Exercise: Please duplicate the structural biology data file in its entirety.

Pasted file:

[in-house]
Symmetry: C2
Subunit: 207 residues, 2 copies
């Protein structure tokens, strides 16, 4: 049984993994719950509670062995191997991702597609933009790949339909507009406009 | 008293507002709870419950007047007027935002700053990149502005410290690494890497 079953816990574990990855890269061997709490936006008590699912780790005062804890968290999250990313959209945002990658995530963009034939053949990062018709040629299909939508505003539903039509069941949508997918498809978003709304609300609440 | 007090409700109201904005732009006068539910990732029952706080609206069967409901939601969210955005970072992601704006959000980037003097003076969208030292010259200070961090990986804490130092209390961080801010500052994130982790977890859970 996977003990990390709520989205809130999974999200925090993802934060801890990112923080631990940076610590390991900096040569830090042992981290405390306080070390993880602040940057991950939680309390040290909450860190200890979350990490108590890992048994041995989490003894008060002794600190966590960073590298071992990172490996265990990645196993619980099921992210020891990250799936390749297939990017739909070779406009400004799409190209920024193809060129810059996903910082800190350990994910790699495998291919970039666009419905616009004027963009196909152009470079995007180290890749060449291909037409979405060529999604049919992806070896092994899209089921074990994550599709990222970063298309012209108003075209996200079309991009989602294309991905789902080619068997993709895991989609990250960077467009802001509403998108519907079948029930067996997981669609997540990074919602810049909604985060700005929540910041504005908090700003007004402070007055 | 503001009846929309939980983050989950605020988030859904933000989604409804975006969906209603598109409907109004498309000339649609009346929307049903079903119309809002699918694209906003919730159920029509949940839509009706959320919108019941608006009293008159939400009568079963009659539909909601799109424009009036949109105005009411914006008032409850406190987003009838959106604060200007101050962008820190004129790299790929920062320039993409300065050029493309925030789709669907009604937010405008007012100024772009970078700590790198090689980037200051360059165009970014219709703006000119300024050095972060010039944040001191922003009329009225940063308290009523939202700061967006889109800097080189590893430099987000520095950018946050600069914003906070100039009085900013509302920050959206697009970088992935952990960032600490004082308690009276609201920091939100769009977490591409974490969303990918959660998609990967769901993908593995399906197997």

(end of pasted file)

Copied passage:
[in-house]
Symmetry: C2
Subunit: 207 residues, 2 copies
């Protein structure tokens, strides 16, 4: 049984993994719950509670062995191997991702597609933009790949339909507009406009 | 008293507002709870419950007047007027935002700053990149502005410290690494890497 079953816990574990990855890269061997709490936006008590699912780790005062804890968290999250990313959209945002990658995530963009034939053949990062018709040629299909939508505003539903039509069941949508997918498809978003709304609300609440 | 007090409700109201904005732009006068539910990732029952706080609206069967409901939601969210955005970072992601704006959000980037003097003076969208030292010259200070961090990986804490130092209390961080801010500052994130982790977890859970 996977003990990390709520989205809130999974999200925090993802934060801890990112923080631990940076610590390991900096040569830090042992981290405390306080070390993880602040940057991950939680309390040290909450860190200890979350990490108590890992048994041995989490003894008060002794600190966590960073590298071992990172490996265990990645196993619980099921992210020891990250799936390749297939990017739909070779406009400004799409190209920024193809060129810059996903910082800190350990994910790699495998291919970039666009419905616009004027963009196909152009470079995007180290890749060449291909037409979405060529999604049919992806070896092994899209089921074990994550599709990222970063298309012209108003075209996200079309991009989602294309991905789902080619068997993709895991989609990250960077467009802001509403998108519907079948029930067996997981669609997540990074919602810049909604985060700005929540910041504005908090700003007004402070007055 | 503001009846929309939980983050989950605020988030859904933000989604409804975006969906209603598109409907109004498309000339649609009346929307049903079903119309809002699918694209906003919730159920029509949940839509009706959320919108019941608006009293008159939400009568079963009659539909909601799109424009009036949109105005009411914006008032409850406190987003009838959106604060200007101050962008820190004129790299790929920062320039993409300065050029493309925030789709669907009604937010405008007012100024772009970078700590790198090689980037200051360059165009970014219709703006000119300024050095972060010039944040001191922003009329009225940063308290009523939202700061967006889109800097080189590893430099987000520095950018946050600069914003906070100039009085900013509302920050959206697009970088992935952990960032600490004082308690009276609201920091939100769009977490591409974490969303990918959660998609990967769901993908593995399906197997």